Nick's sketch works in a different manner compared to ArduinoISP sketch, because the bootloader hex files are embedded in his sketch and reside in the programmer UNO, and disabling automatic reset of the programmer Arduino is not necessary. With the ArduinoISP sketch, the bootloader hex files reside on the computer and are sent to the target Arduino, going through the programmer Arduino. If you have an Arduino you are using as an ISP programmer and it automatically resets upon serial connection, such as an UNO, you will probably need to disable automatic reset when using the ArduinoISP sketch. More info about that:


A Leonardo or other ATmega32U4-based Arduino does not automatically reset upon serial connection, so I often use my Leonardo or Pro Micro to do ISP programming. To use the ArduinoISP sketch on those, I need to change "#define RESET" line from SS to 10. If I'm using an UNO, I add the 10uF or greater capacitor between GND and RST as described in the above linked article.

Nick's sketch current version (as of July 3, 2015) burns just the DFU bootloader on the ATmega16U2 and not the combined full contents of the flash.


Nico Hood's hoodloader2 project has the same functionality as what I describe in this Instructable, where the UNO R3 firmware can be restored in the same manner by selecting the board "Original 16u2 DFU Firmware" and burning the bootloader using an ISP programmer.


I'm not trying to re-invent the wheel, just providing an Instructable that shows behind the scenes how the IDE 3rd party customizations work to accomplish uploading software using the Burn Bootloader function. Sometimes the software you upload with Burn Bootloader can include more than just a bootloader. In this case it is uploading a hex file that has a bootloader and a USB-to-serial program.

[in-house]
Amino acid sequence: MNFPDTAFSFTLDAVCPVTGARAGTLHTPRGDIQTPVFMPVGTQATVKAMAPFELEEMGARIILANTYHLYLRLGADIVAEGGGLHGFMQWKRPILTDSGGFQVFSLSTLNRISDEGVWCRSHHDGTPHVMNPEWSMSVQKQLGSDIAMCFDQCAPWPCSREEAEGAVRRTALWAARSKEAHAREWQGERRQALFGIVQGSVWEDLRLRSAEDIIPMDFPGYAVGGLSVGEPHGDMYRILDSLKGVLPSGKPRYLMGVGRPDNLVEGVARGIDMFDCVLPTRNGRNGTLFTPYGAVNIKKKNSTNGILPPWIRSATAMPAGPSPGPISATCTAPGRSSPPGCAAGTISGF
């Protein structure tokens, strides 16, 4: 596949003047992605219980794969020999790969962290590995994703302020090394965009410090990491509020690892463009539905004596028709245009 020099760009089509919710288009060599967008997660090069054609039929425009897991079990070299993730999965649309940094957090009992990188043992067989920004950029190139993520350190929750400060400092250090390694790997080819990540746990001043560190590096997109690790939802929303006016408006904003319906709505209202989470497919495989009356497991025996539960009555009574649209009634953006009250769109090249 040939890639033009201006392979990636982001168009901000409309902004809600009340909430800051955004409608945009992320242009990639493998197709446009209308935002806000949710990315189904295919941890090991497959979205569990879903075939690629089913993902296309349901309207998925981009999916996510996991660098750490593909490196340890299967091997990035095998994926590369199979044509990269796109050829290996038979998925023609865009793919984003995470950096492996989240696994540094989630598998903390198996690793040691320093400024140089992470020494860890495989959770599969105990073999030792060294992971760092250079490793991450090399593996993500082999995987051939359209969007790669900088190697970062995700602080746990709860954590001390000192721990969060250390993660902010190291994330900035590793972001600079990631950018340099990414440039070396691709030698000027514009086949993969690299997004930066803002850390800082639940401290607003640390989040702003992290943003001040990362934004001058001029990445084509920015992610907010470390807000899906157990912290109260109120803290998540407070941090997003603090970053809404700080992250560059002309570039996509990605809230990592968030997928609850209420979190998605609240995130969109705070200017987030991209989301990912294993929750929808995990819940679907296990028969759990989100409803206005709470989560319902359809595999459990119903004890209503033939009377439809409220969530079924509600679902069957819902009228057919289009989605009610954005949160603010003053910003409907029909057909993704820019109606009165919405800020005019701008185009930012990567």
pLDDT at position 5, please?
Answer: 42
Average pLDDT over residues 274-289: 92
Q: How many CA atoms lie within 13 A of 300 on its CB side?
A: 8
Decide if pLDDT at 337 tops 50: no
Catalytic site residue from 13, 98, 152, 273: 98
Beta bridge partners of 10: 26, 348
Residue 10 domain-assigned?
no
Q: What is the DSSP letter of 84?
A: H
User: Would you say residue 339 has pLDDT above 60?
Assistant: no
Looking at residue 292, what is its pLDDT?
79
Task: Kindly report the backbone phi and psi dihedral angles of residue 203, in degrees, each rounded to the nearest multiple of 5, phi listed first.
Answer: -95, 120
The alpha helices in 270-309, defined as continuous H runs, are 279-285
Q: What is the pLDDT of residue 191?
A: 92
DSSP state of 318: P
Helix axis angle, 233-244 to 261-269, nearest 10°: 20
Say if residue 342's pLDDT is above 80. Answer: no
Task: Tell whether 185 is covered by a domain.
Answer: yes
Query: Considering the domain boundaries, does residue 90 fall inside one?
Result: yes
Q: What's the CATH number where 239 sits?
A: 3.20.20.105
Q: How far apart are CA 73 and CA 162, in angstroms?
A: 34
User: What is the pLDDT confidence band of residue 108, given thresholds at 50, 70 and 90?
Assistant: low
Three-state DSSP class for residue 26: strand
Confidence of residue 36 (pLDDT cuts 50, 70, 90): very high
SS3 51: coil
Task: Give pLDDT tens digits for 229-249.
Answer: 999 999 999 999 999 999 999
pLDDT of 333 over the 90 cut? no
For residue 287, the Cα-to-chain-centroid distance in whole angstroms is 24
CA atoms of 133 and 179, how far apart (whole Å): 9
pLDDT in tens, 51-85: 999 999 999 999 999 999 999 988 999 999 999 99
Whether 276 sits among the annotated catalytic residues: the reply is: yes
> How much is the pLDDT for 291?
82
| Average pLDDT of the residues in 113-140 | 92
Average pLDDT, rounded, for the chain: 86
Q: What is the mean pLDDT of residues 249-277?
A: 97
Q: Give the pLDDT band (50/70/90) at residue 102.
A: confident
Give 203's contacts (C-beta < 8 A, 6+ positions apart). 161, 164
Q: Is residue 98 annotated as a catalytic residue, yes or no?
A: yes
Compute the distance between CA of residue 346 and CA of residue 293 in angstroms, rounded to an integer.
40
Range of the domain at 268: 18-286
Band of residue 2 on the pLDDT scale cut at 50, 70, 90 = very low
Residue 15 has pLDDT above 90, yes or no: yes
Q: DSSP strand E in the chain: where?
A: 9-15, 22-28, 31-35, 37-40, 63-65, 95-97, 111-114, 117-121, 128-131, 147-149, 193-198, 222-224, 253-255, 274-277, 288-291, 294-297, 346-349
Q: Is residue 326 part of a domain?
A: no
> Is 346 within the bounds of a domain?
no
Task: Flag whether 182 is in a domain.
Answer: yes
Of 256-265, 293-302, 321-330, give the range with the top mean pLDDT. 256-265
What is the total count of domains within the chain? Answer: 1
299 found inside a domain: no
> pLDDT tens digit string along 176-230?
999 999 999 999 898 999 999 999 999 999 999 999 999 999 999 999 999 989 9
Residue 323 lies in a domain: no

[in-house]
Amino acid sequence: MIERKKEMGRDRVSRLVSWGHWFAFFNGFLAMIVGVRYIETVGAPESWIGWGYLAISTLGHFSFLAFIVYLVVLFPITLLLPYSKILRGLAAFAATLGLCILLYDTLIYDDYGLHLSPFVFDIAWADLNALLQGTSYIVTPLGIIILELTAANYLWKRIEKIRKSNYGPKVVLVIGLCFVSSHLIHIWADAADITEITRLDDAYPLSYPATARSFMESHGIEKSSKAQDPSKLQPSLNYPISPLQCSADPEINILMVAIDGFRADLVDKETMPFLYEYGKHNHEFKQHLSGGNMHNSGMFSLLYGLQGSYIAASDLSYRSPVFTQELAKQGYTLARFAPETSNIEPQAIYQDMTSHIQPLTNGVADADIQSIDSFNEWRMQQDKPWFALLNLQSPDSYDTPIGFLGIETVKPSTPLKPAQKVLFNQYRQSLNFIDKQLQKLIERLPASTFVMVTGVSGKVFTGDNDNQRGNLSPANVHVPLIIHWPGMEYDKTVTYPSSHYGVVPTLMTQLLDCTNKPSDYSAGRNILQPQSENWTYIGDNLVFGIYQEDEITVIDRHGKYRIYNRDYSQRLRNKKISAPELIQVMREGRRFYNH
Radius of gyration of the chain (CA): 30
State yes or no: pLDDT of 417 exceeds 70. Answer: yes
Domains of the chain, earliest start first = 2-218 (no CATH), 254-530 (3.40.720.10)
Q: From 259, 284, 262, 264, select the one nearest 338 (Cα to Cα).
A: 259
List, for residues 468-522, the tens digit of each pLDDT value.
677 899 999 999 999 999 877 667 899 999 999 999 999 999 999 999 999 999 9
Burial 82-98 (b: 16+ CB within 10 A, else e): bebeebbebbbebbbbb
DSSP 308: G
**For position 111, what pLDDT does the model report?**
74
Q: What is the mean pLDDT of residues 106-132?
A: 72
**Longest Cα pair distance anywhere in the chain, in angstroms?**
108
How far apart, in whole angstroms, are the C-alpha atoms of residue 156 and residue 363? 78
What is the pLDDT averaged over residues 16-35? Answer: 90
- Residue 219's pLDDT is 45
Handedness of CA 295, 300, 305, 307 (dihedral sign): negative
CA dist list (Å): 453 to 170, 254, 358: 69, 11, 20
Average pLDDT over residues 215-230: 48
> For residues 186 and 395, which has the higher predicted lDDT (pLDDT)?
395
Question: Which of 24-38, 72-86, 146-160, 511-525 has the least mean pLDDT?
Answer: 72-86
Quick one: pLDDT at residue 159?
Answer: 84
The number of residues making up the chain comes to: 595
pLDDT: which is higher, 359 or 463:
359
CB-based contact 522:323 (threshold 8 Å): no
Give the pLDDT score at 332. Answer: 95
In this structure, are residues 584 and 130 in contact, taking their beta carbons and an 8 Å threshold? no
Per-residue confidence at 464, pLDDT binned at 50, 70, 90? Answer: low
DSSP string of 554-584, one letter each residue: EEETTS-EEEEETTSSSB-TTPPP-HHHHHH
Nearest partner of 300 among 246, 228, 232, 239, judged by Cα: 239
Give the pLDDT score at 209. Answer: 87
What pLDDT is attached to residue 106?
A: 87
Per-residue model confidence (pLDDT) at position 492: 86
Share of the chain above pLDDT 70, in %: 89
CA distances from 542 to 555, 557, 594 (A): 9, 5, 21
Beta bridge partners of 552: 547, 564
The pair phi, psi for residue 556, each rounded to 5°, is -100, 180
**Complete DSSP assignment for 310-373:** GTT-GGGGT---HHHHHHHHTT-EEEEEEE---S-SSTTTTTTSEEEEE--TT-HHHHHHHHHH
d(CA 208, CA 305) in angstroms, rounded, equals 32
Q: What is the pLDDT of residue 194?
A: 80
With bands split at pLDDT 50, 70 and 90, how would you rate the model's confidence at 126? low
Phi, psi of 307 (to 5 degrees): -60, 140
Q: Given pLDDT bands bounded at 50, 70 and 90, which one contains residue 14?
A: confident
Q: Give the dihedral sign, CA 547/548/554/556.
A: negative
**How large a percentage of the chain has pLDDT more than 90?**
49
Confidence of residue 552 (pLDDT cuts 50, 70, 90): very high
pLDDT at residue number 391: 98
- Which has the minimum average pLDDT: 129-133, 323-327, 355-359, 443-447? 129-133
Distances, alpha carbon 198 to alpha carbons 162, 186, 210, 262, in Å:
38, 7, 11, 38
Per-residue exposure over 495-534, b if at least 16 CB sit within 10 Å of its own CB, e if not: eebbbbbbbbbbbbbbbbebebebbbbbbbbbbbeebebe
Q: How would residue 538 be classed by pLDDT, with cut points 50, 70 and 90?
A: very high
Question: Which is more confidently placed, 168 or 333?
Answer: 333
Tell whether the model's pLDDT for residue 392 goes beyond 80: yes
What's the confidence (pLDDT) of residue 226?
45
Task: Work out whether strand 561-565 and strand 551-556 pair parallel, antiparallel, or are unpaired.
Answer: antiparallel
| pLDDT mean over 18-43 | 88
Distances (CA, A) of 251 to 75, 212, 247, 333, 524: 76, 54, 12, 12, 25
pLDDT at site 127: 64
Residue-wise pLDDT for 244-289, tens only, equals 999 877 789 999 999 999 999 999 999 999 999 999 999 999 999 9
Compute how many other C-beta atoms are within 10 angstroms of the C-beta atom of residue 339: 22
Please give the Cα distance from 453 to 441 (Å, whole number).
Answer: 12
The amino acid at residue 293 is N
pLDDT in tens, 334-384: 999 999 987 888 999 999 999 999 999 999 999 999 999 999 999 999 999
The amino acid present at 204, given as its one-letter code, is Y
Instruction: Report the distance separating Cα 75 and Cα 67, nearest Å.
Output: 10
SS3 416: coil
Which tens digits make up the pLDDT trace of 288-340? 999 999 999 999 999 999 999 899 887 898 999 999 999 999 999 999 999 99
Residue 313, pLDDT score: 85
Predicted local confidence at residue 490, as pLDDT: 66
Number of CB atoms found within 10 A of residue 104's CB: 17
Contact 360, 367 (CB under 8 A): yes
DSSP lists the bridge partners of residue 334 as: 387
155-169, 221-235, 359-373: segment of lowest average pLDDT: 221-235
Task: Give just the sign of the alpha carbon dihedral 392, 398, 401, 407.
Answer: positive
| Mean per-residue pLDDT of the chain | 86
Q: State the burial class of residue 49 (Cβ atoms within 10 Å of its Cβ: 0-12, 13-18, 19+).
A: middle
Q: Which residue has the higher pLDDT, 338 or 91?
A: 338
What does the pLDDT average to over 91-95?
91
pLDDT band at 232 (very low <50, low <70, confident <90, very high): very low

The DFU way:


The avrdude/ISP way:

See step 1

Hi i have errror message :<br>Arduino: 1.8.2 (Windows 8), Board: &quot;UNO 16U2 Restore Firmware&quot;<br><br>Error while burning bootloader: missing 'bootloader.tool' configuration parameter<br><br>This report would have more information with<br>&quot;Show verbose output during compilation&quot;<br>option enabled in File -&gt; Preferences.<br><br>help me please
<p>Hi, When i try with arduino 1.8.1 on mac it says Could not find tool avrdude\ from package arduino. How can i solve it. Thanks</p>
<p>This was written with 1.6.5 or 1.6.6 The instructable is now outdated, so I may just delete it.</p>
<p>Hi</p><p>i done it work fine</p><p>thanks</p>
<p>thanks it worked. restore my arduino. if error comes up i'd suggest to try again at least for 3-4 times</p>
<p>Hey!<br>I do not understand the second method, I've added a custom board, it appeared in arduino IDE. How do I flash the Uno R3 16u2 without using a separate arduino/programmer?</p>
<p>You must use a separate dedicated programmer, or another working Arduino running the Arduino as ISP sketch. </p>
<p>Thanks. I must have misunderstood a bit.<br>Can I use an USBASP programmer for such task?</p>
<p>I believe so.</p>
<p>Hello !</p><p>First, thanks for this tutorial ! :)</p><p>But it didn't work for me :/ I don't know if my ATMega16U2 is fried or unusable but when the Arduino IDE finish uploading the bootloader (programmer board stop blinking and all stuff) nothing change on the other board ... I tried to program the ATMega328P-PU with the &quot;Arduino as ISP&quot; method and it worked (&quot;blink&quot; exemple) so the main MCU isn't fried. But the Pin13 LED is dimmed and don't blink on reset ...</p><p>Do you have any idea of what is going on and what I can do to get it back to work ?</p><p>Best regards</p>
<p>EDIT : the &quot;blink&quot; exemple programming worked only one time but not anymore ... </p>
<p>If you saw the Done Burning Bootloader message when you followed this Instructable, then I think your ATMega16U2 is probably OK. </p><p>Regarding the ATMega328P I am not really clear on the steps you followed, did you select the UNO board in the menu and burn a fresh bootloader on it via ISP, and then upload the blink sketch using the USB cable and that only worked once? Or did you use ISP and &quot;Upload Using Programmer&quot; the blink sketch? If you uploaded the blink sketch with &quot;Upload Using Programmer&quot; then you don't currently have a bootloader on your ATMega328P. </p>
<p>After grabbing an other Uno board from my school I tried to swap the 328 and mine doesn't work even on another board so I think it's fried ! </p><p>Thanks anyway :)</p>

About This Instructable




Bio: These Arduinos are driving me up the wall.